Diamond is so firm in his conviction that geography and prior settings of natural plant development are the major, if not sole reason for differences in humanity that, at the end of his book, he makes a daring conjecture: "If the populations of Aboriginal Australia and Eurasia could have been interchanged during the Late Pleistocene era [13,000 years ago], the original Australians would be occupying Europe and America and the original Eurasians would be downtrodden fragments in Australia." It's where they were way back when, not what they were.
That argument can be subject to the fallacy of post hoc, ergo propter hoc (after the fact, therefore because of the fact). That is, we see what's around us today and we see what conditions existed a few thousand years ago (such as the existence of the Isthmus of Panama), and conclude that those conditions had to produce our current state, even if the populations had been switched around. Well, Mr. Diamond, what about chaos? Chaos occurs when the process that produces the final result is so complex, with so many variables, that the slightest change in even one initial variable can produce a profound and unpredictable change on the final result. How does he know if one or more seemingly insignificant events, which he could not know about thousands of years later, and which would not repeat if you switched populations and started over, had a profound effect on our current status?
Diamond himself makes such an argument. He notes that in summer 1930, two years before Adolph Hitler seized power, he was nearly killed in a car-truck collision. He speculates that if the truck driver applied his brakes two seconds later and killed Hitler, wouldn't that have completely changed the course of events in the 20th century? Would there have been, for example, a frantic search for the atomic bomb, or any of the technological advances produced by World War II?
So, this book makes very informative and challenging reading. It will particularly appeal to back-breeders interested in early crops and how they changed. With my own interest in history of languages, I was pleased to learn how major language groups developed and spread, and how some nations acquired an alphabet while others remained using pictographs. One of my biggest challenges from this Pulitzer Prize-winning book has been to review it in a limited space. I hope I have done at least a fair job of that. It remains for you to go to the book and get the full story. But be warned--it's not bedtime reading! [-ptb]
About the Author
Pete joined ALHFAM in 1976. He is now retired, but continues as a volunteer historic interpreter, fiddler, and database designer, and is the founder and manager of the D-Major Singers, a group of four people who sing folk music of the 1700s. They have performed at 16 sites in five states including several ALHFAM sites. This is his fifth book review for the ALHFAM Bulletin.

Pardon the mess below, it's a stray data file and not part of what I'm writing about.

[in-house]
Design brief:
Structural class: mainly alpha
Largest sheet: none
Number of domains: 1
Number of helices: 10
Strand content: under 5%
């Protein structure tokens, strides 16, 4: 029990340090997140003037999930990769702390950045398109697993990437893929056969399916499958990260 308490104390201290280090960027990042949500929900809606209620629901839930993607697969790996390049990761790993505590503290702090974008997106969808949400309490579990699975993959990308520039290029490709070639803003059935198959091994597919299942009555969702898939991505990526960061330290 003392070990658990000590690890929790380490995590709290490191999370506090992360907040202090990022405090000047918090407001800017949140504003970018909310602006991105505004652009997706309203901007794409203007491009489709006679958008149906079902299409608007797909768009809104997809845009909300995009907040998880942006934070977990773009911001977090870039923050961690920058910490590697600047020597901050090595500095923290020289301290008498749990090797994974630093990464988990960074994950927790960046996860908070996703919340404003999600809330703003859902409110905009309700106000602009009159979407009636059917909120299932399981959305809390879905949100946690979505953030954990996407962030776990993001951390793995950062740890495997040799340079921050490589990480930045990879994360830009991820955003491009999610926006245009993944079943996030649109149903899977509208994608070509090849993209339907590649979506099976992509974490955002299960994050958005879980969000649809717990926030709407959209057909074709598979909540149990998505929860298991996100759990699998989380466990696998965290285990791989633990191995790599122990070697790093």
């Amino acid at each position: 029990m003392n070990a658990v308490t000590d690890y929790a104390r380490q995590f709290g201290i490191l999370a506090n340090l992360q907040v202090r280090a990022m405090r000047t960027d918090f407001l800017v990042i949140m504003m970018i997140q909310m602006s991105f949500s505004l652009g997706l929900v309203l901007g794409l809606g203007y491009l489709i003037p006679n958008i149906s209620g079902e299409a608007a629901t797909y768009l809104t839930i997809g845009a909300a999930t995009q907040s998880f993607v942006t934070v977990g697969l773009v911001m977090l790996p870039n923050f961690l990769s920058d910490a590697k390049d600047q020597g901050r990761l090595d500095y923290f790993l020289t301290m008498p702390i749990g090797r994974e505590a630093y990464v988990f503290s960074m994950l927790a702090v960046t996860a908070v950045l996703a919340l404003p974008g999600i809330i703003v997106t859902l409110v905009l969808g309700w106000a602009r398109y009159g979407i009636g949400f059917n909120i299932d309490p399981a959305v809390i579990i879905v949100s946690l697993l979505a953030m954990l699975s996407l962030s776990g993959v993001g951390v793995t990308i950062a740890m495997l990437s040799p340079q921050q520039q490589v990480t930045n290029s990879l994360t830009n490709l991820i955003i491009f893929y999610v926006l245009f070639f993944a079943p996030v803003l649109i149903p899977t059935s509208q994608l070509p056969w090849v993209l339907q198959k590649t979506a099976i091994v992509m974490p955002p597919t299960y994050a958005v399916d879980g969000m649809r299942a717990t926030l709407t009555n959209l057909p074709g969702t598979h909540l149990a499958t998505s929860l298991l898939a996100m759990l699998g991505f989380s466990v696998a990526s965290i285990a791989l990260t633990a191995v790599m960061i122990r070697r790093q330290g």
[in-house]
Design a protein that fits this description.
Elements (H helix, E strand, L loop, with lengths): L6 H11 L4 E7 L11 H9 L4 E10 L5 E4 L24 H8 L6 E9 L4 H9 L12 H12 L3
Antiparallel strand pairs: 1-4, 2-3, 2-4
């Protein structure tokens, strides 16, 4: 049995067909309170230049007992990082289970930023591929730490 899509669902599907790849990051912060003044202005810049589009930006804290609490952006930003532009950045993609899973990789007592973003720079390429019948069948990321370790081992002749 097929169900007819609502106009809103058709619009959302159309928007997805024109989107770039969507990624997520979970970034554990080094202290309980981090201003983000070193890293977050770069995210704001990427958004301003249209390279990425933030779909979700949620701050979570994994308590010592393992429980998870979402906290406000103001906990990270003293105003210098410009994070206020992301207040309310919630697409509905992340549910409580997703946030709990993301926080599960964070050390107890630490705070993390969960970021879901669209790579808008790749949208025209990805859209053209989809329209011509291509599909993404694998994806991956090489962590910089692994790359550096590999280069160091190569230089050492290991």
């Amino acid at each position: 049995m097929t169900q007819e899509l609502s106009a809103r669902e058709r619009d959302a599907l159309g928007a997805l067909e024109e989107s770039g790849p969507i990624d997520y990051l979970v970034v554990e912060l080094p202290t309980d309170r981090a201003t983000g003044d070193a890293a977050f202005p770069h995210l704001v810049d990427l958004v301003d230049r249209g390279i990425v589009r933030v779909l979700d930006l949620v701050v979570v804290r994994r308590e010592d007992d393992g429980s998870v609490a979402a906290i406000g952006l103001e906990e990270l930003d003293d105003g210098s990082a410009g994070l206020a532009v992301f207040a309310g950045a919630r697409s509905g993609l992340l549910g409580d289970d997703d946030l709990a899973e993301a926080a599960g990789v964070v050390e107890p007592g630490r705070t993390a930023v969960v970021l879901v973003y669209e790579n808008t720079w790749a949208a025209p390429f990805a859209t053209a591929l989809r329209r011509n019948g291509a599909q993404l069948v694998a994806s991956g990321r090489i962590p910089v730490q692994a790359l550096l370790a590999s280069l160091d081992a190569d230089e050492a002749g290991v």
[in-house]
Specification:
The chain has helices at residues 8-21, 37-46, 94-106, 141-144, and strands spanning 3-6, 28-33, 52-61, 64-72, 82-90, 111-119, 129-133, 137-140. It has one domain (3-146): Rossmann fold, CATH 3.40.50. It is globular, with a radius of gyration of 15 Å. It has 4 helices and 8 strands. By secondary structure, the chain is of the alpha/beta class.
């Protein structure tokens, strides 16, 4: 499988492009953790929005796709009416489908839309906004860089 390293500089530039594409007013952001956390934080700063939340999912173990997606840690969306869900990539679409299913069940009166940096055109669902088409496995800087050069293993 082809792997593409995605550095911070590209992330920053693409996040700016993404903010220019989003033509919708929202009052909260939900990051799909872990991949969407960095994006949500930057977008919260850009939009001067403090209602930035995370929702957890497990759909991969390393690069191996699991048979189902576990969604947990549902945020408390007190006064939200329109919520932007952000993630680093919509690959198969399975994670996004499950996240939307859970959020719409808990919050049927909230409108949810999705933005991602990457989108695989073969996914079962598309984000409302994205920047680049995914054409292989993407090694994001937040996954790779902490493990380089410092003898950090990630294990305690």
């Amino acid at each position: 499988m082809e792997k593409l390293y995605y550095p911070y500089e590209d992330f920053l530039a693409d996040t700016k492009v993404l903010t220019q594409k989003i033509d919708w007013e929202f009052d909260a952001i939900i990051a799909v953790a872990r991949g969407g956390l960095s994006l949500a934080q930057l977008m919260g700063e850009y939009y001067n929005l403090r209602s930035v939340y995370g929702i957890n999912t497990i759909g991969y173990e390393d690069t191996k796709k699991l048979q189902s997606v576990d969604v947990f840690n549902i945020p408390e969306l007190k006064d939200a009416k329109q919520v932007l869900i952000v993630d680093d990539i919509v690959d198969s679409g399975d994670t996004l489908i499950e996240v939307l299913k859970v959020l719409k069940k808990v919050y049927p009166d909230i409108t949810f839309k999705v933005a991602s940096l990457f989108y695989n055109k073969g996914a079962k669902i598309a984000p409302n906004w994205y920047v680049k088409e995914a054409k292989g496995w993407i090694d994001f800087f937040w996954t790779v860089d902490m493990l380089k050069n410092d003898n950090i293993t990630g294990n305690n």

[Pete is also a very old and respected friend. His musical evenings are great and memorable events. -mrl]
This Week's Reading (book comments by Evelyn C. Leeper):
Jack Dann's REBEL (ISBN 0-380-97839-3) is an alternate history: what if James Dean had not been not killed in his car crash? This didn't sound very promising to me, and indeed becomes interesting only by getting Dean involved in politics by way of Marilyn Monroe's connection with the Kennedys. I felt like I was reading a tabloid newspaper through most of it, with the bulk of the story being about Jimmy and Marilyn, and Jimmy and Pier Angeli, and Marilyn and Jack, and Marilyn and Bobby, and all sorts of other pairings. Oh, and Elvis. Even I, a cinema fan, found this uninvolving. (Contrast this with Kim Newman's or Howard Waldrop's Hollywood alternate histories--those are very engaging.)
Ruth Rendell's BLOOD LINES (ISBN 0-517-70323-8) is a collection of mystery short stories in a style similar to Patricia Highsmith, though not nearly as edgy and unsettling. The result is that I can actually *read* these stories, and I recommend them. I have not read any of Rendell's novels, but she has several other collections out as well, and she also writes under the name of Barbara Vine.
Tim Powers's THE ANUBIS GATES (ISBN 0-441-00401-6) is a classic that I had never gotten around to reading. Its macguffin is a poet named William Ashbless, who does not exist in the (our) real world. I mention this because, like FARGO, this story has convinced many people of the reality of something which is not real. ("William Ashbless" was a pen name used by Tim Powers and James Blaylock for their jointly written poetry in college. Both authors now use the character.) Powers's style reminds me of Ray Bradbury's. I have no idea why, and I'm sure everyone now thinks I'm nuts for saying so. But there you have it. Maybe it is just a highly poetic style with the sort of imagery that Bradbury might use.
This book was a reprint by Orb, and one quibble I have is that what I assume were errors in the original printing were not corrected. For example, on page 47, the characters talk about October 1, 1810, as a Saturday; it was a Monday. (Earlier on page 29, they spoke of September 1 of that year as a Saturday, and on page 132 they are only up to September 11, so the typo is obvious--and should have been fixed.) [-ecl]
Mark Leeper email@example.com Quote of the Week: The feeble tremble before opinion, the foolish defy it, the wise judge it, the skillful direct it. -- Jeanne-Marie Roland
Go to my home page